Finishing Tutorials

Pin Cushion Pie – The Tucked Tart Tin

A while ago I purchased a bunch of mini tart pans for the purpose of making… well, tarts. But after they sat on my desk for a few weeks and I kept putting thread scraps and random needles or pins into them, I decided I should actually make something with them. So I made a pin cushion! And because it’s a tart pan, I decided to make it look like a pie.

This is sort of a tutorial. I say sort of, because I was figuring it out as I went as well. So I’ll let you know where I’d recommend doing something different than I did. But I am excited to see what you guys come up with, too!

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Pin Cushion Materials

Overview of materials involved in a pin cushion: tart pan, cross stitch design, steel wool, and cardstock circles

First things first; what materials did I use?

The tart tins I purchased were these 2″ tart tins from amazon. I recommend purchasing these first and having them in hand before designing your pin cushion so you can make sure the size is right.

I also purchased this super fine steel wool to stuff it with. You can of course use regular stuffing, orts, dryer lint. Pretty much anything you can use to stuff a biscornu, too. I chose steel wool so it would keep my pins sharp.

You’ll also want to cut out some circles the same size of the bottom of your tart pan to use as an anchor for the ‘pie’. I used comic book board, since it’s nice and sturdy. Despite that, I cut out 3 for extra thickness and weight.

Finally, your stitch! Make sure you leave more room around it than you think you’ll need. It needs to wrap down into your tin and meet back up in the center, so give it plenty of room. In this example, I left 2.5″ (6cm) on all sides so I could comfortably put it on my Q-snap, but you’ll see down below I trimmed that down a bit when I went to stitch it together.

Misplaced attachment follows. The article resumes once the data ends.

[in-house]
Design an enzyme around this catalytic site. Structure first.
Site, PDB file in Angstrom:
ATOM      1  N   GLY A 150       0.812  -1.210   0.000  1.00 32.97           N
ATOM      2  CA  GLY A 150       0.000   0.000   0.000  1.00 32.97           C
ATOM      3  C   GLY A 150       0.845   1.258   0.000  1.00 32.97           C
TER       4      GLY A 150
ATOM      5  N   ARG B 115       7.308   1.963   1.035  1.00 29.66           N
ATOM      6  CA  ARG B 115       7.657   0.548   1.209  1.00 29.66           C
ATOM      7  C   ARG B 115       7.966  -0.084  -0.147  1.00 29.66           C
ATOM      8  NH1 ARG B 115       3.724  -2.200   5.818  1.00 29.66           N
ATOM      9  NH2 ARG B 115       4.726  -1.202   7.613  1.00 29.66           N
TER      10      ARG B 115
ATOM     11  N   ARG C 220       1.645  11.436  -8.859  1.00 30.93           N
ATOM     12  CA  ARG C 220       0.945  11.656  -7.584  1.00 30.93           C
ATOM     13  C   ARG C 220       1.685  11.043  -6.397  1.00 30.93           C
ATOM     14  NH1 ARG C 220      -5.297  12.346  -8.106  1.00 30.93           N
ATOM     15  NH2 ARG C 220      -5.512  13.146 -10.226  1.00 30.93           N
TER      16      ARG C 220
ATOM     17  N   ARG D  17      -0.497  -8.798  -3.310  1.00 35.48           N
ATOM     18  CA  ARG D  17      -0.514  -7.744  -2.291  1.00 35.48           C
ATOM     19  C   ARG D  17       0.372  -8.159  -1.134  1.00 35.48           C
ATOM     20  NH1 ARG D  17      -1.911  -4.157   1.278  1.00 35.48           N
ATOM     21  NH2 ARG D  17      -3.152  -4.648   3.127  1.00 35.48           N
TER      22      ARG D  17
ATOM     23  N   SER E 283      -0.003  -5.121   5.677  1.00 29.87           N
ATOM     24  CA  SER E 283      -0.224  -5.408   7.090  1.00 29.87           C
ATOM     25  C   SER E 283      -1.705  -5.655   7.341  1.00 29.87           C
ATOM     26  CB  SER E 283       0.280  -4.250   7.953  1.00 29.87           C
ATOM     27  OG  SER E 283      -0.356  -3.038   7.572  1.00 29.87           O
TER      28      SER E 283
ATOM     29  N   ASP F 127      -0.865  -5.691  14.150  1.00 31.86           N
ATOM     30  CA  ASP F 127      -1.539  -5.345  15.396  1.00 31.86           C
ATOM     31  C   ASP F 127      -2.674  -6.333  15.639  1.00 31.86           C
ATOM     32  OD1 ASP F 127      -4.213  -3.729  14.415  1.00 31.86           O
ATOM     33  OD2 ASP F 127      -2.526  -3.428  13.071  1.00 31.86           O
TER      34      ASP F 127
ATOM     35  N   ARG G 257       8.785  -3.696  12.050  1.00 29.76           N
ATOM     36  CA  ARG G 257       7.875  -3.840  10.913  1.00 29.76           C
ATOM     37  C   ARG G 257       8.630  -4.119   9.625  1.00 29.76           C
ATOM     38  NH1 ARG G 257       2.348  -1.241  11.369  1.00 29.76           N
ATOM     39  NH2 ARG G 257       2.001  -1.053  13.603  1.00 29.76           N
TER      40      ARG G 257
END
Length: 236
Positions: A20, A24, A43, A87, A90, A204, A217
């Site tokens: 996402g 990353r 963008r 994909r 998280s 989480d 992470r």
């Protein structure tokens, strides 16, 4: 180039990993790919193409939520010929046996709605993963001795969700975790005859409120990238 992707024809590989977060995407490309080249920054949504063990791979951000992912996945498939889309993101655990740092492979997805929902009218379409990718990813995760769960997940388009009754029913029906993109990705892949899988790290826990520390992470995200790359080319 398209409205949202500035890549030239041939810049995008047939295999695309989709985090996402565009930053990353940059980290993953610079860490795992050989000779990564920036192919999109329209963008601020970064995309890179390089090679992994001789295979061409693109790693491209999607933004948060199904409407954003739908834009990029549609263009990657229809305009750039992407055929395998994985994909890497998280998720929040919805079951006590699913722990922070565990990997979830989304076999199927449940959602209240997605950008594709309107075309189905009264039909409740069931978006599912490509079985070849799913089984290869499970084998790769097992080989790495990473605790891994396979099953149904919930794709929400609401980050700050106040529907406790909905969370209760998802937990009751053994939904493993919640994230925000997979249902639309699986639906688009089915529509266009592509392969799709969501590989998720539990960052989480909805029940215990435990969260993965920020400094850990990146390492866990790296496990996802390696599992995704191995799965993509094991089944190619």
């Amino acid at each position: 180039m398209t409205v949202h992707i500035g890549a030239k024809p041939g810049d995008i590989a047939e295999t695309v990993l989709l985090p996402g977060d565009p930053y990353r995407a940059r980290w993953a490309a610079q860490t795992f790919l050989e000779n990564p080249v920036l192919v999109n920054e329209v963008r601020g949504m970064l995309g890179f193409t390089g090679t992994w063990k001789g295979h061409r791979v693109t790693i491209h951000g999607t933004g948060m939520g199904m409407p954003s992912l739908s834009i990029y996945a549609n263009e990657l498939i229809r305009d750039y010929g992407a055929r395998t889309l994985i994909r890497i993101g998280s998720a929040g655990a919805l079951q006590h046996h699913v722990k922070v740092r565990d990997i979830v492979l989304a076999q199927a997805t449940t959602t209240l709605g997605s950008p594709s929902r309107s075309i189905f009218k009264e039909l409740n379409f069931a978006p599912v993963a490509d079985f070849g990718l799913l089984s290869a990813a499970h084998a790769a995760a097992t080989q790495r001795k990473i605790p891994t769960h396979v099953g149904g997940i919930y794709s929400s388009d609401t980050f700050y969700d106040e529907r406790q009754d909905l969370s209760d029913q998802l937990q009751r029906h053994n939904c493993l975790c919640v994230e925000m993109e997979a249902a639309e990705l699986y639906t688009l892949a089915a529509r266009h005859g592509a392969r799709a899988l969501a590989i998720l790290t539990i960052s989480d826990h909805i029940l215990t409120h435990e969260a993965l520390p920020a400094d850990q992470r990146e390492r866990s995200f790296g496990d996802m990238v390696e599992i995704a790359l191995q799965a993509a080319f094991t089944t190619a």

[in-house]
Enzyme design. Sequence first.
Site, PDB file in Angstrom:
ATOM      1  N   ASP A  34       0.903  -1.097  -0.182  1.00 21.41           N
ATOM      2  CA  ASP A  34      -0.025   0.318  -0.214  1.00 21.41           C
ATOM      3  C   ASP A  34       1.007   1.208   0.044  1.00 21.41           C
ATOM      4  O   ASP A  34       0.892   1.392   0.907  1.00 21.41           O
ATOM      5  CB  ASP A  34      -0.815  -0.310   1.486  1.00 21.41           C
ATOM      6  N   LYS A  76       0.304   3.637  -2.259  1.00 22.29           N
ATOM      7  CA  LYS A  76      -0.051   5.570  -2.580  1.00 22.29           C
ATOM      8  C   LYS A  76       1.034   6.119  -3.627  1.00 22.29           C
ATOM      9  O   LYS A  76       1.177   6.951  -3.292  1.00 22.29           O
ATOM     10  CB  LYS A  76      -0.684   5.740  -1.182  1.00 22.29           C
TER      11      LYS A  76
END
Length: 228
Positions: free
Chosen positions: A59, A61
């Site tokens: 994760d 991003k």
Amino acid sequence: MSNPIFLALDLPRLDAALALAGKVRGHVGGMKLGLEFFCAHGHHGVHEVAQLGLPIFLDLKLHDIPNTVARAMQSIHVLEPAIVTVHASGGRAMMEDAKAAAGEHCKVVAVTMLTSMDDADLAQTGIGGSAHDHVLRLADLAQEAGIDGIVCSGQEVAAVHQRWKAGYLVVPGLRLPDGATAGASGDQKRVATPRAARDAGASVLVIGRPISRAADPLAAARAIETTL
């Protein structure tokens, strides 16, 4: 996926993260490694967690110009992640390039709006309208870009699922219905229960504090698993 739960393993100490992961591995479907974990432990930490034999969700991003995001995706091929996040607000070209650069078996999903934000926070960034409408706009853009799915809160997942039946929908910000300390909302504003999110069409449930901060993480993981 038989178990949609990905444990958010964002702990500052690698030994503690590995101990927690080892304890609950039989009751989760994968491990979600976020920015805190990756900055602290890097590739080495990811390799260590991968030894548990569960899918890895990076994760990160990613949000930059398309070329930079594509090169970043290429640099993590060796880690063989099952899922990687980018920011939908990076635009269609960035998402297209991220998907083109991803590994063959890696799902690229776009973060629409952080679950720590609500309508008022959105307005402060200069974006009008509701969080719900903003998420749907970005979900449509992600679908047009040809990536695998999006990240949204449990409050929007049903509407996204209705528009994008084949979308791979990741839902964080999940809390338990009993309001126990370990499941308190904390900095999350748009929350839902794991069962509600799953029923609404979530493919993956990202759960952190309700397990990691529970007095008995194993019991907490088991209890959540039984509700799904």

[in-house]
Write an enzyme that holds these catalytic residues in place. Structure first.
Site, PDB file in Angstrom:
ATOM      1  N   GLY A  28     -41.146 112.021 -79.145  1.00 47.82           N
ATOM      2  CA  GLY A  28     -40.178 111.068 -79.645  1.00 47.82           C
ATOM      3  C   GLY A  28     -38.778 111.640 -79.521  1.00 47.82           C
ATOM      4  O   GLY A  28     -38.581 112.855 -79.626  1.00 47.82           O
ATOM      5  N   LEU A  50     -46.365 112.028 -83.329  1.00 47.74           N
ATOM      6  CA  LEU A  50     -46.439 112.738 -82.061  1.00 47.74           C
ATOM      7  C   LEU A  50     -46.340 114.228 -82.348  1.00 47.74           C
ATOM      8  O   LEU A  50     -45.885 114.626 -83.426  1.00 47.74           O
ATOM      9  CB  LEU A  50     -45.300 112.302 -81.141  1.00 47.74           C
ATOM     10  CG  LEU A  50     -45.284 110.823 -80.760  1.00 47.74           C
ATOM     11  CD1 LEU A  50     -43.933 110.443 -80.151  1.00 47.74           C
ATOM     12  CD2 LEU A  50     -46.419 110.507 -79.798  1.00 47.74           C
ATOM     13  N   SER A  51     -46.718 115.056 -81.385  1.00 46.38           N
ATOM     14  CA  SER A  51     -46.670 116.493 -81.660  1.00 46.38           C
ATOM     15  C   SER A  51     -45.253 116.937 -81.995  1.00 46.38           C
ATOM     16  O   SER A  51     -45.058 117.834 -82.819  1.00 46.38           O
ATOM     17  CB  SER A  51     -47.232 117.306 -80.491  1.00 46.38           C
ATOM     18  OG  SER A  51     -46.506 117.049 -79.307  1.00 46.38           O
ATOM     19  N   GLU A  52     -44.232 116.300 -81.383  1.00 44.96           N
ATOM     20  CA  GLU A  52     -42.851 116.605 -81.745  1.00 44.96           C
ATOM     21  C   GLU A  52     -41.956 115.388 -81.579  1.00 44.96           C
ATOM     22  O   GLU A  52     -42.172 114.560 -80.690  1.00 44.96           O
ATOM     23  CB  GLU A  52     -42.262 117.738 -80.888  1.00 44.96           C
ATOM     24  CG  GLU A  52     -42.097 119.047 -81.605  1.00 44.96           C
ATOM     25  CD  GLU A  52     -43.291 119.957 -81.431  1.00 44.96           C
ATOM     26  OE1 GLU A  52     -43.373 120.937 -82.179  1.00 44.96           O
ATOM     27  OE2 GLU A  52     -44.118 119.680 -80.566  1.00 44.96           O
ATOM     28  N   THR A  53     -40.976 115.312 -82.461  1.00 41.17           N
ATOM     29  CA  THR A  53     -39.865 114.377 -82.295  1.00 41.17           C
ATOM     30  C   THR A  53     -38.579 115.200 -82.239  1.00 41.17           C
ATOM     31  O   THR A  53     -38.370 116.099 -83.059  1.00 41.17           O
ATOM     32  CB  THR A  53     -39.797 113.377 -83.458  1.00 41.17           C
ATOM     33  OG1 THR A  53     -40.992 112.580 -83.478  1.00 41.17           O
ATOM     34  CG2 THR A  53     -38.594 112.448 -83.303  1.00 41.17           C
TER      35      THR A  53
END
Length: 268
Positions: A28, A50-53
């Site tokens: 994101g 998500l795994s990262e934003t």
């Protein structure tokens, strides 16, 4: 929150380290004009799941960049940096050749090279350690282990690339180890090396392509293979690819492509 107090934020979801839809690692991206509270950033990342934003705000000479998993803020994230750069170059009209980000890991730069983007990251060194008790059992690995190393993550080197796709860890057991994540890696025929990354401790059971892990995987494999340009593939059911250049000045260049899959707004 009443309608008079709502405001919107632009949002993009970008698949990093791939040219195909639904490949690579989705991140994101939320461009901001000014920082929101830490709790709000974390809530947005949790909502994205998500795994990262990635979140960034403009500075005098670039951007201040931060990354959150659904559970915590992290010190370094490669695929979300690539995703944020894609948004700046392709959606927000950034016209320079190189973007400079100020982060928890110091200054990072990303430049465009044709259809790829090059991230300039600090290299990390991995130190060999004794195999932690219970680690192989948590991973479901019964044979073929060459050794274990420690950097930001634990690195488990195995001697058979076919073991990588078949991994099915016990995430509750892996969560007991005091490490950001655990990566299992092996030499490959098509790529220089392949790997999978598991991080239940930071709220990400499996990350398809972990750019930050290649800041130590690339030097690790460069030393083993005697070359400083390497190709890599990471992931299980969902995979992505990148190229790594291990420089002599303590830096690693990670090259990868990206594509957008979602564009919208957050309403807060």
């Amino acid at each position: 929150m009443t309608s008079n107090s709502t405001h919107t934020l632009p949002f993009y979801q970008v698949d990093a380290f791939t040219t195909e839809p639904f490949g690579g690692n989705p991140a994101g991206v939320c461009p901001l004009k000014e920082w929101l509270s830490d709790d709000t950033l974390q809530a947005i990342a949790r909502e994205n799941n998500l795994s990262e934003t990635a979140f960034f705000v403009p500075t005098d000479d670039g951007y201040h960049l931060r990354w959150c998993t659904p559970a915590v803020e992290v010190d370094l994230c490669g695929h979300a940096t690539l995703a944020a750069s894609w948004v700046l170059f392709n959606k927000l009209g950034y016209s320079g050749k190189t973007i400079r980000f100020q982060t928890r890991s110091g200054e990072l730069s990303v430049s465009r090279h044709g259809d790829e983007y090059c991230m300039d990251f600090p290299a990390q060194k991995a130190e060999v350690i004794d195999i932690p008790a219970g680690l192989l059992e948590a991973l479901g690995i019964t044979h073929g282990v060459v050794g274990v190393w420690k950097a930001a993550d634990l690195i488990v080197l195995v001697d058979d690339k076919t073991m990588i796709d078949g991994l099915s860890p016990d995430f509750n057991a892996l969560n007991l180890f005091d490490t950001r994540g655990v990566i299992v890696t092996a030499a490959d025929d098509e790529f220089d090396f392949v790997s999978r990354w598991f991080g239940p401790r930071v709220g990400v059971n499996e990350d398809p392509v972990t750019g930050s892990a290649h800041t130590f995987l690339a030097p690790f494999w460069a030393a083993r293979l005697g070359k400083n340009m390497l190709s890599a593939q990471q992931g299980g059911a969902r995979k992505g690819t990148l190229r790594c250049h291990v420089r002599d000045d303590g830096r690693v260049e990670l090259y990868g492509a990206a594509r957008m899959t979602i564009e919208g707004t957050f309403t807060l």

Designing a pattern

Here’s where it gets a bit tricky. Measure the top of your pie tin across. Mine were 2.75″ (7cm) across, but I measured it from the inside of the ruffles, which got me 2.5″(6.3cm). This doesn’t sound like a big difference, but there is some white space around the edges of my ‘pie’ I would probably have ideally filled in.

Doing this again, I probably just would have made my ‘crust’ 2 stitches wider though, not really changed the depth of my filling. So my pattern still works out well.

Basically, you want a perfect circle the width of your pie tin. Here’s the sizing I ended up using. Feel free to enlarge it as needed. This is also based on 14 count fabric, so resize as needed depending on what count you’re using!

Generic circle pattern

The actual blueberry pie design I used in my example is available on my Patreon. Otherwise you’re welcome to design your own using this outline as a template!
There’s also a free cherry pie pattern on my Ko-Fi!

Assembling the pin cushion

A fabric circle, with a loose running stitch border

First, you’ll want to trim you fabric down into a circle. You still want to keep a wide area around your stitch. If you’re not sure how big it should be, take your measuring tape and measure from the center of your tin, out and up one of the sides. For me, this was just under 2″.

Using sewing thread, stitch around your circle with a real loose running stitch. I used embroidery thread here, but as Lia is frequently reminding us in the Pixel Stitch Discord… sewing thread is cheaper and sturdier. Use that instead if you can. Don’t tie off your thread just yet though.

Fabric circle pulled tight to envelope a ball of steel wool.

Now plop your choice of stuffing into that circle and balance that cardstock on top. Pull that thread tight so the edges all come together towards the center.

Fabric ball before being sewn fully shut

Keep pulling until you’ve made a weird ball with just that flat side of cardboard. Stitch across and pull things as tight as you’re comfortable. This part won’t be visible, so don’t worry about being tidy. Just make sure it’s secure! The round card helps you get the exact size needed to sit comfortably at the bottom of your tin.

You can then just plop this ball into your tart tin and you have a pin cushion! However, I wanted mine to not move around as much though, so I decided to glue it down.

Fabric ball and mini tart pin, just before being glued into place.

I generally try to avoid gluing cross stitch, but as this was just a fun little project just for me… why not? Here I use E6000 Glue. Heck, I use it for pretty much everything. If you have your own preferred glue, go for it.

Finished Piece

And here it is! An adorable little desk piece to keep all your pins handy. You can see the slight white space around the edges I mentioned before. But honestly it doesn’t bother me enough to redo. I think it’s lovely and it makes me smile every time I see it on my desk.

A pin cushion in the shape of a blueberry pie.

I’d love to see what cute cushions you guys end up making based on your favorite pies or cakes! But also you could just put a general logo or small design in there and it’d be just as cute and personalized. πŸ™‚